Hackney Town Hall.

Hackney Council is set to double the council tax premium on empty homes once again as part of a continued effort to bring vacant properties back into use against the background of the housing crisis.

Starting from April, homes left empty for five or more years will start paying a 200 per cent premium on their council tax, while those sitting idle for two years will continue to pay a premium of 100 per cent.

The use of powers introduced by the government in 2018 is described by Hackney Mayor Philip Glanville as part of the council’s “carrot and stick” approach, with the carrot offered in the form of a mailout to empty home owners asking them to consider becoming a landlord for a homeless family.

Mayor Glanville said: “What’s really interesting is how we’ve gone from a position of an empty homes discount for people keeping their homes and not using them, and so not charging them council tax, and now to this premium, because people challenge the idea that a home should remain empty.

“That’s shifted within a comparatively short space of time within the council tax system.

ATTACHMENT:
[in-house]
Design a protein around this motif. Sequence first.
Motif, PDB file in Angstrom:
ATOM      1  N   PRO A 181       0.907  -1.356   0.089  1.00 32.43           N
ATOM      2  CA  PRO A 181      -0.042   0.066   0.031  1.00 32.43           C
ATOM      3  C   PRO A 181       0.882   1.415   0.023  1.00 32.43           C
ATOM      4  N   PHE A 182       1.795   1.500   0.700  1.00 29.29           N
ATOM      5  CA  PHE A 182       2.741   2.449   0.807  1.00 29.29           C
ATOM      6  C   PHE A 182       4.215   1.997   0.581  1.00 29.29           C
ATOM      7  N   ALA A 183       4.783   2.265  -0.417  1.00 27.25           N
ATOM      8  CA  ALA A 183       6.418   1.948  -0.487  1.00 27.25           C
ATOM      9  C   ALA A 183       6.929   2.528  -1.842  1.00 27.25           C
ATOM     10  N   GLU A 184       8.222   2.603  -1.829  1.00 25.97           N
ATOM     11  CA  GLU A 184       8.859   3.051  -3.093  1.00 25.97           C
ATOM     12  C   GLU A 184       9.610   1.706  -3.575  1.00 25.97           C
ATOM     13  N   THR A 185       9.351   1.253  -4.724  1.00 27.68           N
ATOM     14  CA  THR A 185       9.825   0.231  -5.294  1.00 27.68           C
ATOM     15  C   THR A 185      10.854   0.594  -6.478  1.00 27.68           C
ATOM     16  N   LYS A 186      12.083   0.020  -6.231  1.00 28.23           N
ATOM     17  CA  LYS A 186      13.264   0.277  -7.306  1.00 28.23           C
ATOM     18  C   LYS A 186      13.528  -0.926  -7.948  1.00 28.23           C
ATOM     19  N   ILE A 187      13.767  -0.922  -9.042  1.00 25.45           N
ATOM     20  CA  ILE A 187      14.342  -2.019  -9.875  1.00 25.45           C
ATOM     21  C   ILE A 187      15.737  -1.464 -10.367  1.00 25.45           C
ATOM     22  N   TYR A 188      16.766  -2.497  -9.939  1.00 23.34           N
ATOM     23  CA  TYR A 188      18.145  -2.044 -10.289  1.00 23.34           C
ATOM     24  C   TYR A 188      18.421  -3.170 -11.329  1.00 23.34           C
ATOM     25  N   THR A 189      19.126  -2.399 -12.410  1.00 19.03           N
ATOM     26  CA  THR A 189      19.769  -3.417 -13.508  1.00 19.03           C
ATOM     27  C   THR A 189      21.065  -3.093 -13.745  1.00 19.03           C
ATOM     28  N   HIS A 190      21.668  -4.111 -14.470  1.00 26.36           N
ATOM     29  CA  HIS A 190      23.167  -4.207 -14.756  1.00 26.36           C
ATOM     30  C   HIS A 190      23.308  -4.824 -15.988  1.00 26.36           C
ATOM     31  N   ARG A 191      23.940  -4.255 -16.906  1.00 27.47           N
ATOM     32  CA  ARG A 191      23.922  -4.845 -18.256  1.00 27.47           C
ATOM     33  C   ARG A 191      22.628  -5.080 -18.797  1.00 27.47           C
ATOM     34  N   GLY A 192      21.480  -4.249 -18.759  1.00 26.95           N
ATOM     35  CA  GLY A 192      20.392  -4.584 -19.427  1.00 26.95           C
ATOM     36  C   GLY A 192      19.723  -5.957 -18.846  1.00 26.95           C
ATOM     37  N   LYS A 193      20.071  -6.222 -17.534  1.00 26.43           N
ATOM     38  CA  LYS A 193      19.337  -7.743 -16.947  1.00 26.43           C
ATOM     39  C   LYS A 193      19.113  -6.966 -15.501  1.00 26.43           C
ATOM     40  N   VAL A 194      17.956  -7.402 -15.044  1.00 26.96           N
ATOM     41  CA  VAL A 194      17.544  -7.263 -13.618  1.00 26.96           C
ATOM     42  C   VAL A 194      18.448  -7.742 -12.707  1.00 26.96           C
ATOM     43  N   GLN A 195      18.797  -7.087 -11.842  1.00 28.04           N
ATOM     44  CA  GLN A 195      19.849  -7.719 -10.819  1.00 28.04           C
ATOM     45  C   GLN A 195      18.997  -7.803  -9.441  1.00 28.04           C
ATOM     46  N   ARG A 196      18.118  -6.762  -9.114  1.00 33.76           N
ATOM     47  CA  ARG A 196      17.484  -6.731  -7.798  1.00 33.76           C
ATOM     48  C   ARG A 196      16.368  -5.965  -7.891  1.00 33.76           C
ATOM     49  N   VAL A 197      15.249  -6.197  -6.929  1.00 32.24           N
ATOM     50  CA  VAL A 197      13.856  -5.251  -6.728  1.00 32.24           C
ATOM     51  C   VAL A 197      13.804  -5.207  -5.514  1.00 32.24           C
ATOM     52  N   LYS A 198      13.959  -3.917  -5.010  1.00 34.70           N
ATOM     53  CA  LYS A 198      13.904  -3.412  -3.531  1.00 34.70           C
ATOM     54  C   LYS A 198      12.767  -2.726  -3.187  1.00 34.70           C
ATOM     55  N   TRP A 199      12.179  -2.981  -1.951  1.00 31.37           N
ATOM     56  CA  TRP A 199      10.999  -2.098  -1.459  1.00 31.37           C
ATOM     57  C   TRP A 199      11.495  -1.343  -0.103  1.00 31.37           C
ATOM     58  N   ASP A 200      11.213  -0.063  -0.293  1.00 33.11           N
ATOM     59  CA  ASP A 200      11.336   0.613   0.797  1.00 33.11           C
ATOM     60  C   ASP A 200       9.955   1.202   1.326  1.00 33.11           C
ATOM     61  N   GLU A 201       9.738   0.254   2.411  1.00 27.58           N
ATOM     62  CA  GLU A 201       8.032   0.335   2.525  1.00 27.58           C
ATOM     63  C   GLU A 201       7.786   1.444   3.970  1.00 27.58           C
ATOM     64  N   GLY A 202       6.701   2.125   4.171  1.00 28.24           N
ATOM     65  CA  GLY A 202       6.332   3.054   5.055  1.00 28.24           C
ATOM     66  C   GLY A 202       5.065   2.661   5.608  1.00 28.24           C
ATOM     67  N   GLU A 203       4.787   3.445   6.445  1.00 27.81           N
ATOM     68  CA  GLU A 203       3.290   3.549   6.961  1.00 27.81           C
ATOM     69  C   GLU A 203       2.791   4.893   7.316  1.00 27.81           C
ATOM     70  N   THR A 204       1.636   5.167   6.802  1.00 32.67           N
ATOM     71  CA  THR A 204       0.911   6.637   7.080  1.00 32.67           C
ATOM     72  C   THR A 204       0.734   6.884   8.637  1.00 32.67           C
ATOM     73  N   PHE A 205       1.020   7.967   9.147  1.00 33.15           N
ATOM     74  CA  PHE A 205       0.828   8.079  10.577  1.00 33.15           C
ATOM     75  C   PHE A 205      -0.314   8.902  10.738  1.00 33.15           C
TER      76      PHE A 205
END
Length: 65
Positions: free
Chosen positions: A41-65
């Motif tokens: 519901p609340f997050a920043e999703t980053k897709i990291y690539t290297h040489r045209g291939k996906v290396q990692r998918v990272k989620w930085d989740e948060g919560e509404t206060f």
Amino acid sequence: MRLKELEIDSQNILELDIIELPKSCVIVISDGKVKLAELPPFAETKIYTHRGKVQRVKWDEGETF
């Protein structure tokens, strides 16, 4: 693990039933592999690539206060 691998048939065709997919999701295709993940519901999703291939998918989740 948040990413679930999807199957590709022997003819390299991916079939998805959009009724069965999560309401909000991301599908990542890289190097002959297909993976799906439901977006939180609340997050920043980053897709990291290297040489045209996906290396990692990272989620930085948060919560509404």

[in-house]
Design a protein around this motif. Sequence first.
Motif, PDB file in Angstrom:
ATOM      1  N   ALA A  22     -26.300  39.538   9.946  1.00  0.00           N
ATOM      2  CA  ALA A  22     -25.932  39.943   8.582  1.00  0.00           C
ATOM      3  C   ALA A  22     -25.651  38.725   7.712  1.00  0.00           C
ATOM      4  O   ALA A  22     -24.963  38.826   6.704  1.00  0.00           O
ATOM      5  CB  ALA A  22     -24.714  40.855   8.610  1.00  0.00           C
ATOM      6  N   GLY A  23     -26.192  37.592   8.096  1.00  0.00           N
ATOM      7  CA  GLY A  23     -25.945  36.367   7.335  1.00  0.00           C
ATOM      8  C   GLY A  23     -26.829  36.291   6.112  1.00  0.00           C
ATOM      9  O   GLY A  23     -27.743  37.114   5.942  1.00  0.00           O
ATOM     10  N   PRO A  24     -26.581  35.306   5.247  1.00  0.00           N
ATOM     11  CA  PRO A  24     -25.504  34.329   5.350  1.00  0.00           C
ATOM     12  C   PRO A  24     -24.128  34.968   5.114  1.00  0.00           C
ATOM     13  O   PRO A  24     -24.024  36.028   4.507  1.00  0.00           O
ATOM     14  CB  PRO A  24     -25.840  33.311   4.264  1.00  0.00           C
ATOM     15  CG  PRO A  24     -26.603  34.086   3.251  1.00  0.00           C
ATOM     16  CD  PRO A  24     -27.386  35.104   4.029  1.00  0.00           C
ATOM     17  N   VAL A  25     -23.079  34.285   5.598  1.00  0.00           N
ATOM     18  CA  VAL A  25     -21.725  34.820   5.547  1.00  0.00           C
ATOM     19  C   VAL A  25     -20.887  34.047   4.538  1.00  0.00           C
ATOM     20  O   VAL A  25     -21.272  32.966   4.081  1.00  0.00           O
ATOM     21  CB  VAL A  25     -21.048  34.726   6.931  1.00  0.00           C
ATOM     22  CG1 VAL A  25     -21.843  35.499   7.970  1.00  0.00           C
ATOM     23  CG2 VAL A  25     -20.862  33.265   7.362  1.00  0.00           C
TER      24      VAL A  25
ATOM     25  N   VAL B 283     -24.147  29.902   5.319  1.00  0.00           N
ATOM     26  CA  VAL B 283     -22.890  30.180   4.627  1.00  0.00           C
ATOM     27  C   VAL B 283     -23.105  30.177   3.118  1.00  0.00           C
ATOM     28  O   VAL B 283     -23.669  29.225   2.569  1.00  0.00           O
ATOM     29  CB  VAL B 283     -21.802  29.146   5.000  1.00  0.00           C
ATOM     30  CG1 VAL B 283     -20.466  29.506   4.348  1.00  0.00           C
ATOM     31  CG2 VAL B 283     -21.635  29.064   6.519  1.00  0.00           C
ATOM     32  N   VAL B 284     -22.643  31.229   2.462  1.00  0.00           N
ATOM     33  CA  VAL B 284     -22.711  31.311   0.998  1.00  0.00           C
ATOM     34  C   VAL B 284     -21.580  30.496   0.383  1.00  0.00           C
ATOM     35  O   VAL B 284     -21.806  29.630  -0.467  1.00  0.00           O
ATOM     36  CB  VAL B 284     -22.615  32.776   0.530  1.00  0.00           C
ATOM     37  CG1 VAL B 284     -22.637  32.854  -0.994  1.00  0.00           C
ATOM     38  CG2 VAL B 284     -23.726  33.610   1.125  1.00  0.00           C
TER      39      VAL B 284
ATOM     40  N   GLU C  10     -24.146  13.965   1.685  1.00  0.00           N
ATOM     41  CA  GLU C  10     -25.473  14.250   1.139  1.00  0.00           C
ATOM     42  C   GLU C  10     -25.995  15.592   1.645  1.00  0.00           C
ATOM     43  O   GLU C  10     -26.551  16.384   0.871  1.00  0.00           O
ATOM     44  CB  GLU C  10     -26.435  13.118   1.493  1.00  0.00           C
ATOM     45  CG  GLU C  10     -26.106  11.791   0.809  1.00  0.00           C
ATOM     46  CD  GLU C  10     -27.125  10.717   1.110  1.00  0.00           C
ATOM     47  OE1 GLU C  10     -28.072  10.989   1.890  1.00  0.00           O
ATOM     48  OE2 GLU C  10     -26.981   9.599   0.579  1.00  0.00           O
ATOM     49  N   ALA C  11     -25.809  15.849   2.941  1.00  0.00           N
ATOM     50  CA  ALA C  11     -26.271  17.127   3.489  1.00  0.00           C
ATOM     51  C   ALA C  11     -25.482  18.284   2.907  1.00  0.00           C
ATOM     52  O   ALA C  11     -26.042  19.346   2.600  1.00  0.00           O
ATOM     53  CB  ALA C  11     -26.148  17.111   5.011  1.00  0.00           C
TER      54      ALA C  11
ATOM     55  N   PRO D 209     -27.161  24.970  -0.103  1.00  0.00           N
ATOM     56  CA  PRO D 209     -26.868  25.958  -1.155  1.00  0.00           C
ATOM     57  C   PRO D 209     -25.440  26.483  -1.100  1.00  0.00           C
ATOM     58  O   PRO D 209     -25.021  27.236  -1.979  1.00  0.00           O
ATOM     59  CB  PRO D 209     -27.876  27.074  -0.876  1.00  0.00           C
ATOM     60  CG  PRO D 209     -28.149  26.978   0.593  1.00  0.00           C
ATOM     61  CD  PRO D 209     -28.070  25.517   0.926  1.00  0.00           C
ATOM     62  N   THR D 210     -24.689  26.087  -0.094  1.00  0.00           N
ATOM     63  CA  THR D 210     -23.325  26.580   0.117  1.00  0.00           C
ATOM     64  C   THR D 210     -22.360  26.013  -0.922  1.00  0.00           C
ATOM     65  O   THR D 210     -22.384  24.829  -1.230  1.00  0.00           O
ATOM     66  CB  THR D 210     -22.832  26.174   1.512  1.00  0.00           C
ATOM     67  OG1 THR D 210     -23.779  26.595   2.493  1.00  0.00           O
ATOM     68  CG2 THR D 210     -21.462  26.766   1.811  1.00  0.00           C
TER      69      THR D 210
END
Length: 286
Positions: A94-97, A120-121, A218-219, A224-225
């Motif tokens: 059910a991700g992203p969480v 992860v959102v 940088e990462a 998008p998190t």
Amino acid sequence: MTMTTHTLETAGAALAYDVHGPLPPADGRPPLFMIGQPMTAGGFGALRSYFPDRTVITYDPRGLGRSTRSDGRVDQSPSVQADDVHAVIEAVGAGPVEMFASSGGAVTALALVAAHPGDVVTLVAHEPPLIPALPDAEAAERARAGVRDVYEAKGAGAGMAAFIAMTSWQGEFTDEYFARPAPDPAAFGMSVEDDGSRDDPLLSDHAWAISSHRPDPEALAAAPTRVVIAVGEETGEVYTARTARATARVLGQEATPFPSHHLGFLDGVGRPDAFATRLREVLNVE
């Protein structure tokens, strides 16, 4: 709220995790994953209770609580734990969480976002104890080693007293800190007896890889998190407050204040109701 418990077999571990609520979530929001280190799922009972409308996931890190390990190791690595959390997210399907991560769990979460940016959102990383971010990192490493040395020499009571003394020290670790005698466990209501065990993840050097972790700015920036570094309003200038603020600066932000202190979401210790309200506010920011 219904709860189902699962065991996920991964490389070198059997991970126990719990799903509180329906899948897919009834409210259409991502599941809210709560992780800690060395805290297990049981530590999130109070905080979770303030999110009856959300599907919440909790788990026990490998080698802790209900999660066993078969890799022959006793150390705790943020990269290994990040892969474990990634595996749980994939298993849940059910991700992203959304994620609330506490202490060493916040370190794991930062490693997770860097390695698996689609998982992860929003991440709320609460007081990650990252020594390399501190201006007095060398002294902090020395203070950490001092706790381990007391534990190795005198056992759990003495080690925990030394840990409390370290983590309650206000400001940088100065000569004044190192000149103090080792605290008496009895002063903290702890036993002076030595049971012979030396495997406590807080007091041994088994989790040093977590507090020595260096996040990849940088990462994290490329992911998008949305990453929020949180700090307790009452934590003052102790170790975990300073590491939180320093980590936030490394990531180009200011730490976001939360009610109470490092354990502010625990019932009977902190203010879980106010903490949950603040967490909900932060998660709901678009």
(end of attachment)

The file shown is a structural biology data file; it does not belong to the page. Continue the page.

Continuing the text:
“This is reiterating the offer of a contract with the landlord of a fixed period of time when it is rented out for a social purpose, but it’s a carrot and stick, and the stick is the 200 per cent council tax premium.”

Part of the council’s private rented sector (PRS) team’s role is to offer residents the possibility of renting out their homes at local housing allowance (LHA) rates, with grant funding available to bring empty homes back into use in such a way.

According to council figures, 20 long-term empty homes will be brought back into use by the Town Hall in a typical year.

The total amount of long-term vacants has declined over the past ten years according to the borough’s council tax base stats – from 2,467 in 2008 to 933 in 2018.

However, the number of local authority-owned vacant properties appears to be climbing.

The Town Hall had 1,139 vacant properties on its books in 2008, but the 2018 level of 616 – the most recent data available – is a sharp increase on a decade low of 134 in 2014.

Government powers to charge premiums on empty homes, introduced under former housing secretary James Brokenshire, will allow the borough to set a 300 per cent premium on such properties from 2021.

Brokenshire said in July 2018: “We’re determined to do everything we can to ensure our communities have the housing they need.

“That’s why we’re giving councils extra flexibility to increase bills and incentivise owners to bring long-standing empty homes back into use.

“By equipping councils with the right tools to get on with the job, we could potentially provide thousands more families with a place to call home.”

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